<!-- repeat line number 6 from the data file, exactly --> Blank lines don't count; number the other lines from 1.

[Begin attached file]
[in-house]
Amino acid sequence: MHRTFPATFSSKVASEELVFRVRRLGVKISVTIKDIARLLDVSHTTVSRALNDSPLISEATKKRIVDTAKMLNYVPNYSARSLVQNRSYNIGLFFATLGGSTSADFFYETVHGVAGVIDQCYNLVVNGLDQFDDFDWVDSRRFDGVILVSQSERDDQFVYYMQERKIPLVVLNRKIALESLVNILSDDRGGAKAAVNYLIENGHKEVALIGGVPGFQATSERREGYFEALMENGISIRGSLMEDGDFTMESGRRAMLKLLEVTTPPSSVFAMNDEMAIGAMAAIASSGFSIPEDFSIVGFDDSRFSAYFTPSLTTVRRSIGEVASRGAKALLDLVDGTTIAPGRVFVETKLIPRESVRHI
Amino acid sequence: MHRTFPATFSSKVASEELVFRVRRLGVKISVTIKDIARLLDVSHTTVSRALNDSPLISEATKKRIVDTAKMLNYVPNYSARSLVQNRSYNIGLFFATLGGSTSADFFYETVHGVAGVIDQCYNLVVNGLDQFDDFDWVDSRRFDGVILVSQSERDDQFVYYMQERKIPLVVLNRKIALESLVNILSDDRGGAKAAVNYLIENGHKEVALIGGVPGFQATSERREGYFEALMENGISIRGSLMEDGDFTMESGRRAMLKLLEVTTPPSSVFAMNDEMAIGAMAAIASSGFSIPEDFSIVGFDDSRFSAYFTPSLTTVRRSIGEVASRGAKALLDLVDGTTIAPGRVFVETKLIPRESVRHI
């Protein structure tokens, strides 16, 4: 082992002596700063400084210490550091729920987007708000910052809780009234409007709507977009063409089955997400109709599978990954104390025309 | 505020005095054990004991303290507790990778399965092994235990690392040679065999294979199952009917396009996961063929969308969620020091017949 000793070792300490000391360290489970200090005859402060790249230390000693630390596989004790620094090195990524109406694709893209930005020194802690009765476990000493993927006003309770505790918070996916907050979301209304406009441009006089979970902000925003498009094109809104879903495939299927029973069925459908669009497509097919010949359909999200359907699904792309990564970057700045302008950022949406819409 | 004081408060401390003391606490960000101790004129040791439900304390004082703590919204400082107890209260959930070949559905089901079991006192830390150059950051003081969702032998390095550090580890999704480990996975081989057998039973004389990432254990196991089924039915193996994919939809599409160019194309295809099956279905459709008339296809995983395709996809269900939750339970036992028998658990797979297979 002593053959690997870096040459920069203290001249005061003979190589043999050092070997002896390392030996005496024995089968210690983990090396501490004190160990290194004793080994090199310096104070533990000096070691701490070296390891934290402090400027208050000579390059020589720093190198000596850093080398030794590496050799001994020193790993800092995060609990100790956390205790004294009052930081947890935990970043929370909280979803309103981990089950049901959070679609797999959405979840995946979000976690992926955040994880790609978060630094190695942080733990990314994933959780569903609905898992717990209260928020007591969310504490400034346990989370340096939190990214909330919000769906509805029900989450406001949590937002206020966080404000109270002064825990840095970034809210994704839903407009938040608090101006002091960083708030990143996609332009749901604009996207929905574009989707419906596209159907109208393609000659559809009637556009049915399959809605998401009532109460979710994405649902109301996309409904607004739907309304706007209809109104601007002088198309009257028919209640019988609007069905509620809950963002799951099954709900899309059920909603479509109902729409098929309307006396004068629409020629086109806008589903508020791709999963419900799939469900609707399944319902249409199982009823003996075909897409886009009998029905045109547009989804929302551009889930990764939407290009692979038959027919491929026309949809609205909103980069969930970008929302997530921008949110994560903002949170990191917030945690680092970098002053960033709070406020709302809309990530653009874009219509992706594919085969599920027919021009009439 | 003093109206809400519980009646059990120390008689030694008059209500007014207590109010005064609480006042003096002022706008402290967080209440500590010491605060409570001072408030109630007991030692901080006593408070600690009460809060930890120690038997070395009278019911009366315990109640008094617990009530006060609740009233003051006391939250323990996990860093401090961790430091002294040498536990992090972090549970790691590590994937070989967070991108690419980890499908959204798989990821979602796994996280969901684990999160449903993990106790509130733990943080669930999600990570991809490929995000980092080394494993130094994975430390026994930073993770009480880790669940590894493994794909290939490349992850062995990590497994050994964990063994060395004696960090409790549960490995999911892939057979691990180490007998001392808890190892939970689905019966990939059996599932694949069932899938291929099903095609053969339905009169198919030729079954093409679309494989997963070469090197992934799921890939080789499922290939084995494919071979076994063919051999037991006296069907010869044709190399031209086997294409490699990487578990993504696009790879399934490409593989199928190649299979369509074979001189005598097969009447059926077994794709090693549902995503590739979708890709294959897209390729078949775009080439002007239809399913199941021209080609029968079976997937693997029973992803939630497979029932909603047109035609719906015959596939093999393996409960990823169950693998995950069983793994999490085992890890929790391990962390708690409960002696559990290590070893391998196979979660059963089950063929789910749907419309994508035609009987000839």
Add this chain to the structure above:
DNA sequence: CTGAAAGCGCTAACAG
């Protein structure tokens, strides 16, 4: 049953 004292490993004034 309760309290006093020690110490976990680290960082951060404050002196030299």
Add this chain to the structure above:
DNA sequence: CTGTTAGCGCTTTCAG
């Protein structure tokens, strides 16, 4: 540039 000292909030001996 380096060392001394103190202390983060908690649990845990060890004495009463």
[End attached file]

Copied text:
DNA sequence: CTGAAAGCGCTAACAG